‘Is it always your intention to tell the truth?’: ABC reporter challenges Trump press secretary after weekend berating

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ABC reporter Jonathan Karl pressed White House press secretary Sean Spicer on Monday over his inaccurate claims about the size of inaugural crowds.

During what President Donald Trump’s team dubbed the “first official press briefing,” Karl confronted Spicer about his Saturday statement that Trump’s inauguration was the “largest audience to ever witness an inauguration — period — both in person and around the globe,” despite contrary evidence.

White House Press Secretary Sean Spicer speaks during a daily briefing at the James Brady Press Briefing Room of the White House January 23, 2017 in Washington, DC. Spicer conducted his first official White House daily briefing to take questions from the members of the White House press corps.

(Photo by Alex Wong/Getty Images)

White House Press Secretary Sean Spicer (L) takes questions during a daily briefing at the James Brady Press Briefing Room of the White House January 23, 2017 in Washington, DC. Spicer conducted his first official White House daily briefing to take questions from the members of the White House press corps.

(Photo by Alex Wong/Getty Images)

White House Press Secretary Sean Spicer holds the daily press briefing January 23, 2017 at the White House in Washington, DC.

(NICHOLAS KAMM/AFP/Getty Images)

White House Press Secretary Sean Spicer holds the daily press briefing January 23, 2017 at the White House in Washington, DC.

(NICHOLAS KAMM/AFP/Getty Images)

Rivals Brad Woodhouse (left) and Sean Spicer pose for a photograph outside Bullfeathers in Washington, D.C. on November 08, 2011. Sean Spicer and Brad Woodhouse (spokesmen for the RNC and DNC) hosts Congressional and other flacks to the 1st Annual ‘Flacks for Flacks Who Wear Flak Jackets’ Benefiting Military Public Affairs Officers serving in Afghanistan.

(Marvin Joseph/The Washington Post via Getty Images)

Sean Spicer, White House press secretary, center, attends a swearing in ceremony of White House senior staff in the East Room of the White House in Washington, D.C., U.S., on Sunday, Jan. 22, 2017. Trump today mocked protesters who gathered for large demonstrations across the U.S. and the world on Saturday to signal discontent with his leadership, but later offered a more conciliatory tone, saying he recognized such marches as a hallmark of our democracy.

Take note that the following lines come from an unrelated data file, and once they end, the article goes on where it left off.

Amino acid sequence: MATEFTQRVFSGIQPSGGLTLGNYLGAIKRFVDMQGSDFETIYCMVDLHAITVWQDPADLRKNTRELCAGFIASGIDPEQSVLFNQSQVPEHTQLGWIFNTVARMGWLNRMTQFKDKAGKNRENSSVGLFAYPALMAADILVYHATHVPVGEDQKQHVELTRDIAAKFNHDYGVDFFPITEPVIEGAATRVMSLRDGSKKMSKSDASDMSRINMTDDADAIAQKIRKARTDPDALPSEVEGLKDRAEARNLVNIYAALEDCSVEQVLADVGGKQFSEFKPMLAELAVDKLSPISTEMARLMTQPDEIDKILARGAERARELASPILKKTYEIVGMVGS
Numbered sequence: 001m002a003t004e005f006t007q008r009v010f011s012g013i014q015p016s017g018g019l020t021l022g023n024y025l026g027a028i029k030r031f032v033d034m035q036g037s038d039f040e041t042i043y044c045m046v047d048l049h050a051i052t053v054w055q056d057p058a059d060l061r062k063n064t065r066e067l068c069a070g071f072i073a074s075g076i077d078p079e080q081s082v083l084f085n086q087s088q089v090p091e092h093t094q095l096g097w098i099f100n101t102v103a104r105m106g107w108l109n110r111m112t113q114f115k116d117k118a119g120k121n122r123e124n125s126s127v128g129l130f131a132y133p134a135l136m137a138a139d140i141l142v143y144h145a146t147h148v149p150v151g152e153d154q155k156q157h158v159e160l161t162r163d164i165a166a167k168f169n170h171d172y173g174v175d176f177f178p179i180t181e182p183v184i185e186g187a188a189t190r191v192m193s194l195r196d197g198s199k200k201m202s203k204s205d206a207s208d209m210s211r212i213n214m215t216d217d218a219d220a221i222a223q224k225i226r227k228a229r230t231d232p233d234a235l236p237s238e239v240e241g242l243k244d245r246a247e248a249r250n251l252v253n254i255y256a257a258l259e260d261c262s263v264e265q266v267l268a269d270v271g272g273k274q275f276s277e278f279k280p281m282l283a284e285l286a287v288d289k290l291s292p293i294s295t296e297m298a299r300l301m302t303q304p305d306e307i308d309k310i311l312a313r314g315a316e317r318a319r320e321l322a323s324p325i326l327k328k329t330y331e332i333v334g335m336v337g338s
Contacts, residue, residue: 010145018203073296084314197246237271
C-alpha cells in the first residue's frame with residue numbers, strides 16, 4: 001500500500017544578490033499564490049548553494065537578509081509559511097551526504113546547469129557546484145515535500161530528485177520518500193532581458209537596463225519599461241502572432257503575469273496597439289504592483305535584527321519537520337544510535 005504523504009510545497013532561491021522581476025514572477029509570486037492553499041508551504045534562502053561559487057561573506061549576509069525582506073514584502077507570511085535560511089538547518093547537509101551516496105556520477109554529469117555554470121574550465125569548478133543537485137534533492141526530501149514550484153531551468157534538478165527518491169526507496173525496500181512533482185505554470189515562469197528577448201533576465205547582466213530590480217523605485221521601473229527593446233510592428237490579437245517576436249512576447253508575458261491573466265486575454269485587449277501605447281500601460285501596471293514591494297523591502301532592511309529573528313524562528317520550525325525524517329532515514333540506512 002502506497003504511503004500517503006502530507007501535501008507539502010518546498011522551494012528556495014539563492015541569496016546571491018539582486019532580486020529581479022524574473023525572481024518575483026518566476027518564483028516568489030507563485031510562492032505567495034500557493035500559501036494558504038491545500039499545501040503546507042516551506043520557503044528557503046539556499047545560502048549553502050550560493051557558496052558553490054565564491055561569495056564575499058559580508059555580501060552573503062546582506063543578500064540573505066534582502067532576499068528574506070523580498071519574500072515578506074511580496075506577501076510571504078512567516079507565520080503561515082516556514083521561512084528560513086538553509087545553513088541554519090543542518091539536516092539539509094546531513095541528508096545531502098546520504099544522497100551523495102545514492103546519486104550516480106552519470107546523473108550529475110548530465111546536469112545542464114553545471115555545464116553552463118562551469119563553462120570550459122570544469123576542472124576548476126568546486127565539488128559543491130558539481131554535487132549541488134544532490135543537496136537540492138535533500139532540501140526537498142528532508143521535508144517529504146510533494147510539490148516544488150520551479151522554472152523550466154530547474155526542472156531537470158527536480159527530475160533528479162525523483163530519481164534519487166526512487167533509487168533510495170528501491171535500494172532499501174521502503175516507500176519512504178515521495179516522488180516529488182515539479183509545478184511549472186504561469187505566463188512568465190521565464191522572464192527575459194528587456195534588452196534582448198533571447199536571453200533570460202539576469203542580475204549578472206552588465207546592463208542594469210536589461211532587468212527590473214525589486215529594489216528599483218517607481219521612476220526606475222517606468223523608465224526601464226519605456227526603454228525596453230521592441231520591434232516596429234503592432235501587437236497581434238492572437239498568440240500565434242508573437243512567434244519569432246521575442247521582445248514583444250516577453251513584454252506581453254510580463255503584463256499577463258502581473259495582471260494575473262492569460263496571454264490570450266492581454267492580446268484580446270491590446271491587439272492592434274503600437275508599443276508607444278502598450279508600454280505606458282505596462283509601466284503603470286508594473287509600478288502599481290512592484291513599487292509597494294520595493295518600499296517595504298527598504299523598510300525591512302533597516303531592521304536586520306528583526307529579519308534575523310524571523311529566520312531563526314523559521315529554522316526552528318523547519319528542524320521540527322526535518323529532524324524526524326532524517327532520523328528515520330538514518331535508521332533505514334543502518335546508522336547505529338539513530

(Andrew Harrer/Bloomberg via Getty Images)

Sean Spicer, left, is the new communications director for the Republican National Committee, and Rick Wiley, is the RNC� new political director.

(Photo by Scott J. Ferrell/Congressional Quarterly/Getty Images)

Sean Spicer, White House press secretary, arrives to a swearing in ceremony of White House senior staff in the East Room of the White House on January 22, 2017 in Washington, DC. Trump today mocked protesters who gathered for large demonstrations across the U.S. and the world on Saturday to signal discontent with his leadership, but later offered a more conciliatory tone, saying he recognized such marches as a ‘hallmark of our democracy.’

(Photo by Andrew Harrer-Pool/Getty Images)

White House Press Secretary Sean Spicer makes a statement to members of the media at the James Brady Press Briefing Room of the White House January 21, 2017 in Washington, DC. This was Spicer’s first press conference as Press Secretary where he spoke about the media’s reporting on the inauguration’s crowd size.

(Photo by Alex Wong/Getty Images)

Stephen Miller(L) and Sean Spicer, arrive to meet with US President-elect Donald Trump at Trump Tower in New York on January 10, 2017.

(BRYAN R. SMITH/AFP/Getty Images)

White House Press Secretary Sean Spicer makes a statement to members of the media at the James Brady Press Briefing Room of the White House January 21, 2017 in Washington, DC. This was Spicer’s first press conference as Press Secretary where he spoke about the media’s reporting on the inauguration’s crowd size.

(Photo by Alex Wong/Getty Images)

Incoming White House press secretary Sean Spicer takes a photo with his cell phone on the West Front of the U.S. Capitol on January 20, 2017 in Washington, DC. In today’s inauguration ceremony Donald J. Trump becomes the 45th president of the United States.